Are you looking for an interpreter? Different types of interpreting services are available to suit various business needs. If you’re not sure what type you’ll need, we’ve got you covered. Here are seven types of interpreting services and a rundown of when to use each type:
In simultaneous interpreting, the interpreter interprets speech as it’s spoken. Despite the name, simultaneous interpreting isn’t actually simultaneous. The interpreter still has to hear what the speaker says to be able to interpret it, so they’re usually a few words behind.
That said, simultaneous interpreting is still an impressive feat. To keep up with the speaker, the interpreter has to think on their feet, mentally translating quickly and accurately without even a moment to stop and think.
Simultaneous interpreting generally requires specialised equipment, like headsets, to help the audience follow along in their own language.
When to use Simultaneous Interpreting
Simultaneous interpreting saves time and creates a more natural experience for the listeners. This type of interpreting is best suited for large events, like conferences, trade shows, and large meetings with many speakers. In fact, another name for simultaneous interpreting is “conference interpreting.” It’s also the method of choice for the United Nations. Think Nicole Kidman in The Interpreter Movie.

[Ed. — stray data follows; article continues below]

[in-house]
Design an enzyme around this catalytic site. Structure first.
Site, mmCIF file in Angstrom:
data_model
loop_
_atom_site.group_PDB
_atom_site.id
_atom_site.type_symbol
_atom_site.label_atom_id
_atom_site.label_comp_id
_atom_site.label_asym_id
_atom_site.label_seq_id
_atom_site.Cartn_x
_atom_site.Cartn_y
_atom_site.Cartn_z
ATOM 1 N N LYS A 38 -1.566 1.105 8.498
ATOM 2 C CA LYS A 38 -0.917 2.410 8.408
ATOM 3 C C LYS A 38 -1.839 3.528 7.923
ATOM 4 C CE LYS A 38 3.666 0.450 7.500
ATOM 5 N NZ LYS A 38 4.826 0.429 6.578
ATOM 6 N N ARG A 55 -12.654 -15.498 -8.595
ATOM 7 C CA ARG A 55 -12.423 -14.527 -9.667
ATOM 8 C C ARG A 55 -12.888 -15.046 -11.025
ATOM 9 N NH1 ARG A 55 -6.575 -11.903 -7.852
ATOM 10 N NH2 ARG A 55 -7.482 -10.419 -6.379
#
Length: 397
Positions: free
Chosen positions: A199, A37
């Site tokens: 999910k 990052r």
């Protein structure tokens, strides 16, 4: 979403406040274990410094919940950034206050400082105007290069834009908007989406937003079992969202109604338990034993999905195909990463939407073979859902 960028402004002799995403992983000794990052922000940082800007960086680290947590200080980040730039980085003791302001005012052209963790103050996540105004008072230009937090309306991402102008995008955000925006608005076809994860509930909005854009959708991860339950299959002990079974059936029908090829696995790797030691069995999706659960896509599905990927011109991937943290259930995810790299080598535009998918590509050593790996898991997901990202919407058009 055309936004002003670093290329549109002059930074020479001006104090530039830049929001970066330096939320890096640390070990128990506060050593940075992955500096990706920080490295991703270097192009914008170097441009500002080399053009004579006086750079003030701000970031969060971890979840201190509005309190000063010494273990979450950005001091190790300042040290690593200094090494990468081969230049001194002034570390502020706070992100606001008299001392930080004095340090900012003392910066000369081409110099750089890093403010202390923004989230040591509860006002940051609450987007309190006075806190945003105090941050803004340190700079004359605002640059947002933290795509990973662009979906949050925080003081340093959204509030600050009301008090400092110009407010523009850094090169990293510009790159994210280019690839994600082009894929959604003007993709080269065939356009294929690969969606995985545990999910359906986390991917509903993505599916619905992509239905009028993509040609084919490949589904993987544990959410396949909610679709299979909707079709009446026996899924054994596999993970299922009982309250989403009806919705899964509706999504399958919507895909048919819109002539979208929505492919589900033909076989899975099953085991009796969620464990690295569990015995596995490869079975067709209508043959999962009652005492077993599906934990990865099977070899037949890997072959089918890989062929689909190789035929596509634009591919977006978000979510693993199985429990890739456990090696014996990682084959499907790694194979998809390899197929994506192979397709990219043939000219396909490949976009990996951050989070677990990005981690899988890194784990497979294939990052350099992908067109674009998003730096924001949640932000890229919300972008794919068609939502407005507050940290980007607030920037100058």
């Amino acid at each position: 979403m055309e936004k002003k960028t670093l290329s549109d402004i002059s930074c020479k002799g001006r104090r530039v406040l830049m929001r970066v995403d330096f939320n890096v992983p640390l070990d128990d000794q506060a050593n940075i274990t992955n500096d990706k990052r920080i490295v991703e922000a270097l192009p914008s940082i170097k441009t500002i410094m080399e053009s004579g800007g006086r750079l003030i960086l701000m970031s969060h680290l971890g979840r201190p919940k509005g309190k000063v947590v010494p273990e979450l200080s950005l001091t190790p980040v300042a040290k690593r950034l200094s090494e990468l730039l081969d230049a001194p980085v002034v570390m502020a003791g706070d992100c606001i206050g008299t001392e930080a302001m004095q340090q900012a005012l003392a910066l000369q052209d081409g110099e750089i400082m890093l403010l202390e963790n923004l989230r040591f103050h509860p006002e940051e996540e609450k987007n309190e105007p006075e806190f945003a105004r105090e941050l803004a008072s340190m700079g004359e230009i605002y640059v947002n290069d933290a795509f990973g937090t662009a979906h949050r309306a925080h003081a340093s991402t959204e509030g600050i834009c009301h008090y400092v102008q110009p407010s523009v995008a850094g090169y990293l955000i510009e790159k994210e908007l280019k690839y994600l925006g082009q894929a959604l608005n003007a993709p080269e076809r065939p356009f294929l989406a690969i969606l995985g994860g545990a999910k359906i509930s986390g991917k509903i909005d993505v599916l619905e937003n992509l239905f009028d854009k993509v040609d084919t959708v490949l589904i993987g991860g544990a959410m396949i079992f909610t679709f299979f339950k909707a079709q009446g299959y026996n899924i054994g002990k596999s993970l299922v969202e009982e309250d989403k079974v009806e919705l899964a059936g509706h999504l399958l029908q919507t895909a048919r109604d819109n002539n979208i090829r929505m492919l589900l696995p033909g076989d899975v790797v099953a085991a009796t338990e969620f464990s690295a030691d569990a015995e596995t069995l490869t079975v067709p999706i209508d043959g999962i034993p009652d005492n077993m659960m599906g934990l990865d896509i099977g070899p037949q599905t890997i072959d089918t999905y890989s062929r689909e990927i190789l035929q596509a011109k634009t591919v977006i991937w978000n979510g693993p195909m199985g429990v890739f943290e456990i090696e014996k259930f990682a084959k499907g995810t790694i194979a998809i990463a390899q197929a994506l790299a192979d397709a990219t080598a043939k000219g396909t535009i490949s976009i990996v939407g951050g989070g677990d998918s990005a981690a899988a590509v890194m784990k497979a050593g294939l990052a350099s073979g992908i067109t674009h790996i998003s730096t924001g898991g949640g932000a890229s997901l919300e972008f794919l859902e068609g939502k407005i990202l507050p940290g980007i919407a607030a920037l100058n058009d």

Consecutive Interpreting or Face-to-Face Interpreting
In consecutive interpreting, also known as face-to-face, liaison, or ad-hoc interpreting, the speaker stops speaking every few minutes to give the interpreter a chance to interpret what’s been said.
When to use Consecutive or Face-to-Face
Simultaneous interpreting saves time, but it’s a bit like walking and chewing gum at the same time. Consecutive interpreting is easier on the interpreter since they aren’t trying to listen and interpret at the same time. However, since the speakers have to stop and wait for the interpreter, it also takes longer. As a result, consecutive interpreting is suitable for smaller business events, including
- Meetings and training workshops (depending on size)
- HR meetings
This is also the type of interpreting you’re most likely to see in courtrooms.
Consecutive interpreting is also used in more informal settings, such as interviews and doctor’s visits.
Travel interpreting is when a client is assigned an interpreter to accompany them for the duration of a trip, usually a business trip. The interpreter assists not only in business meetings, but may also help with more mundane logistical tasks like ordering meals and arranging transportation.
When to use Travel Interpreting
Travel interpreting is ideal for busy executives on business trips abroad and can be used to gain some sort of inside knowledge about the local area/customs.
Whisper interpreting is simultaneous interpreting without the headsets or other equipment. Instead, the interpreter interprets quietly, often standing close and whispering, so that the clients can understand what’s being said.
When to use Whisper Interpreting